According to CDP, more than 80% of the world’s 500 largest companies established emissions reduction or energy-specific targets in the 2014-2015 fiscal year. Since you cannot manage what you do not measure, setting emissions reduction targets allow companies to measure and track the progress of their annual GHG emissions associated with direct operations and their supply chains.

What is an emissions reduction target?

There are two types of targets which companies can set to reduce their GHG emissions. The first type is an absolute emissions reduction target. What this means is that companies commit to reducing their emissions to a specific amount compared to an established base year. For example, Company A has an absolute target to reduce their total Scope 2 emissions to 12% of their 2014 base year emissions. Their target year for completion is 2020. Absolute targets are ambitious and show that companies are more transparent about their emissions reduction progress. However, absolute emissions are sensitive to changes in business (e.g., revenue, production, number of employees, etc.) and can be challenging to introduce for many businesses.

The second type of emissions reduction targets are called intensity targets. An intensity target is one that describes emissions reductions that have been normalized to a business metric compared to normalized emissions for a base year. For intensity targets, emissions can be normalized using a variety of business metric denominators including building area, weight of material produced, kilometers traveled, revenue, FTE employee, and megawatt hours consumed/produced. The format of this intensity target should be the amount of CO2e per business activity.

For example, Company B has set an intensity target to reduce a subset of their Scope 1 emissions due to refrigerant usage. Let’s say these emissions are normalized by dividing them by the total area of production facilities in square meters. So if the company would like to reduce their 2016 emissions intensity to 20% of their 2012 baseline emissions intensity, they need to take action so that their emissions per area ratio for 2016 is reduced to 20% of what it was in 2012. Intensity targets are less transparent about the actual (absolute) amount of emissions being reduced, but they allow companies to make reductions while growing in business.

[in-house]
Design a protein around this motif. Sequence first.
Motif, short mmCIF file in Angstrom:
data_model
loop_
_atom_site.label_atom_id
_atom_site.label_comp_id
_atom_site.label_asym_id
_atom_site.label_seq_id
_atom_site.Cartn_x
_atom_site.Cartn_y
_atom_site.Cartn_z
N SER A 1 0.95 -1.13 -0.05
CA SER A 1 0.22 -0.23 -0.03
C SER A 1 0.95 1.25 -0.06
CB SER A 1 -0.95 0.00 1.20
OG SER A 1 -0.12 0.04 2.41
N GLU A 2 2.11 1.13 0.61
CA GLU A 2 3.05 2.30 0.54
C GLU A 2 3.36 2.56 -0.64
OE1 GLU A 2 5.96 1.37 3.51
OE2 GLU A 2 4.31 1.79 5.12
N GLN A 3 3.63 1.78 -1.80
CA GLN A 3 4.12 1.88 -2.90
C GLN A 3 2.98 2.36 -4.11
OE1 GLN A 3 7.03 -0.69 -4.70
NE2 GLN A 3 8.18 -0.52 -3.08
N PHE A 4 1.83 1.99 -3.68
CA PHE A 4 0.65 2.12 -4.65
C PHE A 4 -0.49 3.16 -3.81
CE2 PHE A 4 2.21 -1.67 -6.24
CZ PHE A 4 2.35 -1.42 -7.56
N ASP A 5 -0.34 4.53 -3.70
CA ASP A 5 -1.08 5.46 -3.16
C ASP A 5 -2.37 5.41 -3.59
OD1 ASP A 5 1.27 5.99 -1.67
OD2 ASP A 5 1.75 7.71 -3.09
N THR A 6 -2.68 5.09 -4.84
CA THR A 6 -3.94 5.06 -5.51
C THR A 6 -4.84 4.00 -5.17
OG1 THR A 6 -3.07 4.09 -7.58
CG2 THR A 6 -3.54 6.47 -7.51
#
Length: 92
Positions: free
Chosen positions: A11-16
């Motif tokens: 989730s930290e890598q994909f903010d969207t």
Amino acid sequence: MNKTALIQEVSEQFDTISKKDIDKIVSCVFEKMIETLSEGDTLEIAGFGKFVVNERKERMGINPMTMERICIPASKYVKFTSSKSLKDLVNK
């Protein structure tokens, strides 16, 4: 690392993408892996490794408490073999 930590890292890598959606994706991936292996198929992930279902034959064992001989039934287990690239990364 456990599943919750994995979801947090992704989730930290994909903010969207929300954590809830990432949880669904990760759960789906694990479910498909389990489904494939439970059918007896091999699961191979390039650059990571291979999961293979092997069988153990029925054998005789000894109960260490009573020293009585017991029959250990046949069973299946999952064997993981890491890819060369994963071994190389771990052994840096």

How will target setting change in 2016?

In previous years, CDP asked companies to disclose their progress on any voluntary absolute or intensity targets in question CC3.1 of the response. While setting voluntary targets is admirable, companies globally are raising their ambitions around target-setting to ensure their long-term sustainability and profitability, driving bolder business action. Consequently, some companies have taken the next step in target-setting: science-based targets.

In addition to setting voluntary targets, companies will also have the opportunity to report their progress on science-based targets in their 2016 CDP response. Similar to previous years, details on science-based targets will be reported in question CC3.1. For each absolute or intensity target set, a company should indicate whether or not it is a science-based target.


ADEC ESG is a leading provider of environmental and sustainability solutions, with expertise in delivering fully integrated consulting, software and data management services. We help governments and organizations improve performance by recognizing challenges that need to be addressed and offering solutions for implementation. For more information about improving your CDP performance, download our white paper, ‘4 Steps for Improving your CDP Performance’.


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